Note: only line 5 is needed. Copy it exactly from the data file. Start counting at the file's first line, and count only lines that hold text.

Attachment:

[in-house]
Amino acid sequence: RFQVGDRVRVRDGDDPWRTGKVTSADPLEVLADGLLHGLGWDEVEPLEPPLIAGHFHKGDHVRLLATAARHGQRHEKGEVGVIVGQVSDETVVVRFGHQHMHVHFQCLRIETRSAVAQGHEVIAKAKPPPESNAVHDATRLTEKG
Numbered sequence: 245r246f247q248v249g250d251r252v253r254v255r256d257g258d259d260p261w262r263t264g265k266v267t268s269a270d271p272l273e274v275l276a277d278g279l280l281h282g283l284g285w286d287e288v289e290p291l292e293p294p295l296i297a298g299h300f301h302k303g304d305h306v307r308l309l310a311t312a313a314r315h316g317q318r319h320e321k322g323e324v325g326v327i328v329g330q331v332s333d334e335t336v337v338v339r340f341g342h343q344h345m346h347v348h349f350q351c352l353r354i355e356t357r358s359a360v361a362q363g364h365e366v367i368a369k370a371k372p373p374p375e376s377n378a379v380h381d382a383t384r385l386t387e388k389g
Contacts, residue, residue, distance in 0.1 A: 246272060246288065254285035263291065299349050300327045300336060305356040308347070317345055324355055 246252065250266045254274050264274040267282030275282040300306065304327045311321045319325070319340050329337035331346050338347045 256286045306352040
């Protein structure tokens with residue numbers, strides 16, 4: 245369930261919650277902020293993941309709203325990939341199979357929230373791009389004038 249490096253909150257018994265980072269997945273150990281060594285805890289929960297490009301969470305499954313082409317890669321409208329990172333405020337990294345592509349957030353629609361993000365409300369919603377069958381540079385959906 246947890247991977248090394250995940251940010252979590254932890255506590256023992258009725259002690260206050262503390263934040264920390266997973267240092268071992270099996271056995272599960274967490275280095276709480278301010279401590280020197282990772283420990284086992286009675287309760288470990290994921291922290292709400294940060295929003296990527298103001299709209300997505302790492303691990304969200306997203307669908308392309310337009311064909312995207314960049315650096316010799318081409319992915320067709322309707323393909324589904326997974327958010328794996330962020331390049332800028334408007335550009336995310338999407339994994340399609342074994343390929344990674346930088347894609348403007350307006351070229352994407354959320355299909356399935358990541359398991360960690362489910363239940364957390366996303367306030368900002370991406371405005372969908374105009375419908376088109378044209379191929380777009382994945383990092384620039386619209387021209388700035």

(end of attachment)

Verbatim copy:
């Protein structure tokens with residue numbers, strides 16, 4: 245369930261919650277902020293993941309709203325990939341199979357929230373791009389004038 249490096253909150257018994265980072269997945273150990281060594285805890289929960297490009301969470305499954313082409317890669321409208329990172333405020337990294345592509349957030353629609361993000365409300369919603377069958381540079385959906 246947890247991977248090394250995940251940010252979590254932890255506590256023992258009725259002690260206050262503390263934040264920390266997973267240092268071992270099996271056995272599960274967490275280095276709480278301010279401590280020197282990772283420990284086992286009675287309760288470990290994921291922290292709400294940060295929003296990527298103001299709209300997505302790492303691990304969200306997203307669908308392309310337009311064909312995207314960049315650096316010799318081409319992915320067709322309707323393909324589904326997974327958010328794996330962020331390049332800028334408007335550009336995310338999407339994994340399609342074994343390929344990674346930088347894609348403007350307006351070229352994407354959320355299909356399935358990541359398991360960690362489910363239940364957390366996303367306030368900002370991406371405005372969908374105009375419908376088109378044209379191929380777009382994945383990092384620039386619209387021209388700035």